Keep 'A Game of Bowls' at Ightham Mote

John Singer Sargent captured a moment of Ightham Mote’s past in his painting 'A Game of Bowls' and you can help us keep it here for everyone to enjoy.

Sargent's 'A Game of Bowls' painting shows 6 figures on the north lawn, with the house to the left.
The south east corner of the house reflected on the moat

We need your help

With no grand family association, Ightham Mote has changed hands over the generations. When each family left, they took the contents with them or sold them off.

As a result, the house has few items which are original - in fact, only about 35% of our contents have a connection to Ightham Mote. We now have a unique opportunity to add something else to our collection.

Can you help keep this special painting here?

Sargent's 'A Game of Bowls' painting shows 6 figures on the north lawn, with the house to the left.

A Game of Bowls 

This large-scale painting by John Singer Sargent is on loan to us from a private collection in the USA.

It depicts Ightham Mote in 1889, with Queen Palmer and her daughter Elsie, enjoying a game of bowls on the North Lawn with their friends, Mr and Mrs Jameson, Alma Strettell and Sargent’s sister Violet.

Help us keep this painting at Ightham Mote.

About 'A Game of Bowls'

  • The painting was created in 1889
  • The painting is 229.2cm x 142.9cm
  • In order to aquire the painting, we need to raise £100,000
" There are a few Sargent portraits in oil and drawings in National Trust houses, but none remotely like 'A Game of Bowls'. It is a unique piece of art."
- Richard Ormond, former Deputy Director of the National Portrait Gallery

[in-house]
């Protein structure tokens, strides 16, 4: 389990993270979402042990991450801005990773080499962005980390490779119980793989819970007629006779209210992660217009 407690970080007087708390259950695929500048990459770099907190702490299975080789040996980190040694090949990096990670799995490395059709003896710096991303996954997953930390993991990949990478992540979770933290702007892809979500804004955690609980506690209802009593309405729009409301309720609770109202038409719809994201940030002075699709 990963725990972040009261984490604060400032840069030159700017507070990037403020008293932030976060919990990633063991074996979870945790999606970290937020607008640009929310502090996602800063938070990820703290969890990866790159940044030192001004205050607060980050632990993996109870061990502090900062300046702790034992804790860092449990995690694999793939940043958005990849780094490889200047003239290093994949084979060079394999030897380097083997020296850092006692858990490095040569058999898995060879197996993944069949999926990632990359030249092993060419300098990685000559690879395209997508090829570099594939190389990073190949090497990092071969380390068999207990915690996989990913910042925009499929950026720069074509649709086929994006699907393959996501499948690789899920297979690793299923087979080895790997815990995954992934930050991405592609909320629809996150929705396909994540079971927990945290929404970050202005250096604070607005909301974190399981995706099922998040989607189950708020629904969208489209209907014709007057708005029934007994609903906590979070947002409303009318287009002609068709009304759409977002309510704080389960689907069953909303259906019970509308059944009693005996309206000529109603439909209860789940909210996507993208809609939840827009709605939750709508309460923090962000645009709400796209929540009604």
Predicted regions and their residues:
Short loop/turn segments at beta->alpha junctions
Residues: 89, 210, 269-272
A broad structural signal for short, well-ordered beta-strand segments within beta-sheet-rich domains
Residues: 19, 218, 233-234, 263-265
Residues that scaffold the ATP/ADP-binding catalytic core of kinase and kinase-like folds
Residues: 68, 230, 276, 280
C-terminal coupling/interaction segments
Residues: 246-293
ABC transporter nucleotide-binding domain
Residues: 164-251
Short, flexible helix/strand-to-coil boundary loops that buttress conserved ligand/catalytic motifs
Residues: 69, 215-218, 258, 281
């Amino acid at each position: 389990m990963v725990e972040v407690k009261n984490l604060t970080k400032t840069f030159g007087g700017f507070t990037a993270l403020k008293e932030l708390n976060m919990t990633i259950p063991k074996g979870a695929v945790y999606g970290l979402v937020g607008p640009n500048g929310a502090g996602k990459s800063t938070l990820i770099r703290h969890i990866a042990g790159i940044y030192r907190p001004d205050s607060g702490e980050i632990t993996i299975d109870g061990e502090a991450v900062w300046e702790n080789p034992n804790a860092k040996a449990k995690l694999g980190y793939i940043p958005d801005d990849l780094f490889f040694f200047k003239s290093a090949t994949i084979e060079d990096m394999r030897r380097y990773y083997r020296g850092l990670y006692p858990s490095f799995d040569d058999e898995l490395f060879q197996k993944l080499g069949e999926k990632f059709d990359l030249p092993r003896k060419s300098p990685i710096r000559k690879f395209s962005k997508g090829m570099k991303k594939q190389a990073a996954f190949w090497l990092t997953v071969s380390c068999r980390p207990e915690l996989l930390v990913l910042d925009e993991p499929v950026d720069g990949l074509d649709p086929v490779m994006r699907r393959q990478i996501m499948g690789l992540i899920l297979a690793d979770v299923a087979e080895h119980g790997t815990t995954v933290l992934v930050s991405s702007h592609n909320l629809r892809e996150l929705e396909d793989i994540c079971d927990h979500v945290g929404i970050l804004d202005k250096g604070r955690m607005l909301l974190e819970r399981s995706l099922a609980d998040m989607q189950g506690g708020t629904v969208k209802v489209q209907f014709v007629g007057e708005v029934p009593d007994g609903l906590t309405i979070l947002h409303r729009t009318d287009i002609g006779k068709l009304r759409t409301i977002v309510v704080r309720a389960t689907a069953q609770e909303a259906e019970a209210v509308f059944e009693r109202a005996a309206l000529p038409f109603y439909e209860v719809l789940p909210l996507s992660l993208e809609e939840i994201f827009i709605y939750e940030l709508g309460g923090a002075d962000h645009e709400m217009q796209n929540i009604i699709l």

View of the north face of Ightham Mote with the cottages behind, and silhouettes on the lawn to replicate Sargent's painting.

Ightham Mote was left to the National Trust by Charles Henry Robinson in 1985. Over the years, through bequests and purchases, we’ve been able to get some items back.

However, the ‘Game of Bowls’ painting is special because it not only depicts past tenants and visitors, but also shows how the house, garden and cottages looked in the late 19th century.

Please give generously to keep it here.

Black and white photograph from c.1889 of Queen Palmer with her daughter Elsie, and Kelpie the dog.

Queen of Ightham Mote exhibition

Our special exhibition during 2017 and early 2018 focuses on Queen Palmer's stay at Ightham Mote when it became an artistic hub playing host to leading cultural figures, including artist John Singer Sargent.

Donate to Keep 'A Game of Bowls' at Ightham Mote

Please select an amount

£5 is a small step helping us keep Sargent’s snapshot of a particular moment in history.
£10 would help us bring the painting back to its original location.
£25 takes us a step closer to keeping this painting at Ightham Mote for ever, for everyone
Or enter your own amount

Why give to the National Trust?

As a charity, we rely on the generosity of supporters to look after the irreplaceable treasures in our care. Memberships help to pay for some of the work we do. But they only go so far. Additional donations are crucial to maintaining our collections, from stunning works of silverware to personal keepsakes that bring the past to life. Your donation will go towards this project and other vital conservation work to our collections at this special place. With your support, we can continue to conserve, protect and provide access to these fascinating pieces of history. For ever, for everyone.

Donate now to help us keep the painting